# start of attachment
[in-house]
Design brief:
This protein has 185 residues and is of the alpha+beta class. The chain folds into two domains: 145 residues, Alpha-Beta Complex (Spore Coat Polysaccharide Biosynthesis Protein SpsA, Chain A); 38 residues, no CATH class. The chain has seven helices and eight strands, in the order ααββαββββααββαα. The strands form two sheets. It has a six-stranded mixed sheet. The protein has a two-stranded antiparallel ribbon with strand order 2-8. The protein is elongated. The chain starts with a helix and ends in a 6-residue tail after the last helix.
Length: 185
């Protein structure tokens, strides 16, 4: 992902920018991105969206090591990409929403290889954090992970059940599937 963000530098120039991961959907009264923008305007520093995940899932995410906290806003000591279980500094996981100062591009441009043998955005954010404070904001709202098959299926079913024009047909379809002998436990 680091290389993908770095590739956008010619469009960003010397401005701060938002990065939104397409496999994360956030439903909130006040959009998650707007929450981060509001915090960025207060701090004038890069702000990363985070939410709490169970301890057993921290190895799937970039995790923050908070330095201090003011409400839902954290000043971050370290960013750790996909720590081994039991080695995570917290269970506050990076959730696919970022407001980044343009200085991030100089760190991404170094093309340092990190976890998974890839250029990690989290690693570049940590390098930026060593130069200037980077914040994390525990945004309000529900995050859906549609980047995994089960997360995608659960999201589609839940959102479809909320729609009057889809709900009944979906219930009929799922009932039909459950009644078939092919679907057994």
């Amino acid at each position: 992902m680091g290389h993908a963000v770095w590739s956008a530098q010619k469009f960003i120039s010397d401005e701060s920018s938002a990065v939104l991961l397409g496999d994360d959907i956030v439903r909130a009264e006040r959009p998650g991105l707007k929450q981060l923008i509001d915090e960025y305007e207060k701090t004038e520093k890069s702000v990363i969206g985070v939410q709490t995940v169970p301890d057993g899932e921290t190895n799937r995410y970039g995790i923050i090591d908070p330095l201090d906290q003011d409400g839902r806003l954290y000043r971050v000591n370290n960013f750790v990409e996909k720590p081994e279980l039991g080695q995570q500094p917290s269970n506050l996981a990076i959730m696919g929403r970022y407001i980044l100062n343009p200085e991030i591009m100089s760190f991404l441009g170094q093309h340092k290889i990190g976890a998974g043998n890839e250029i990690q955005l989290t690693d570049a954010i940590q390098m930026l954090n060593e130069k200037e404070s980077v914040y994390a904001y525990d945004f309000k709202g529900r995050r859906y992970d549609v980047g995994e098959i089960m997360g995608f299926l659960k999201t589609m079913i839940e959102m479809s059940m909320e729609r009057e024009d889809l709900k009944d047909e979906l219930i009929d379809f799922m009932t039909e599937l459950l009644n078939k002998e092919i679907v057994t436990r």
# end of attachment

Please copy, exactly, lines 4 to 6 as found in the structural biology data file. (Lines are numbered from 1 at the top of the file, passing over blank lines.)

Length: 185
């Protein structure tokens, strides 16, 4: 992902920018991105969206090591990409929403290889954090992970059940599937 963000530098120039991961959907009264923008305007520093995940899932995410906290806003000591279980500094996981100062591009441009043998955005954010404070904001709202098959299926079913024009047909379809002998436990 680091290389993908770095590739956008010619469009960003010397401005701060938002990065939104397409496999994360956030439903909130006040959009998650707007929450981060509001915090960025207060701090004038890069702000990363985070939410709490169970301890057993921290190895799937970039995790923050908070330095201090003011409400839902954290000043971050370290960013750790996909720590081994039991080695995570917290269970506050990076959730696919970022407001980044343009200085991030100089760190991404170094093309340092990190976890998974890839250029990690989290690693570049940590390098930026060593130069200037980077914040994390525990945004309000529900995050859906549609980047995994089960997360995608659960999201589609839940959102479809909320729609009057889809709900009944979906219930009929799922009932039909459950009644078939092919679907057994």
């Amino acid at each position: 992902m680091g290389h993908a963000v770095w590739s956008a530098q010619k469009f960003i120039s010397d401005e701060s920018s938002a990065v939104l991961l397409g496999d994360d959907i956030v439903r909130a009264e006040r959009p998650g991105l707007k929450q981060l923008i509001d915090e960025y305007e207060k701090t004038e520093k890069s702000v990363i969206g985070v939410q709490t995940v169970p301890d057993g899932e921290t190895n799937r995410y970039g995790i923050i090591d908070p330095l201090d906290q003011d409400g839902r806003l954290y000043r971050v000591n370290n960013f750790v990409e996909k720590p081994e279980l039991g080695q995570q500094p917290s269970n506050l996981a990076i959730m696919g929403r970022y407001i980044l100062n343009p200085e991030i591009m100089s760190f991404l441009g170094q093309h340092k290889i990190g976890a998974g043998n890839e250029i990690q955005l989290t690693d570049a954010i940590q390098m930026l954090n060593e130069k200037e404070s980077v914040y994390a904001y525990d945004f309000k709202g529900r995050r859906y992970d549609v980047g995994e098959i089960m997360g995608f299926l659960k999201t589609m079913i839940e959102m479809s059940m909320e729609r009057e024009d889809l709900k009944d047909e979906l219930i009929d379809f799922m009932t039909e599937l459950l009644n078939k002998e092919i679907v057994t436990r």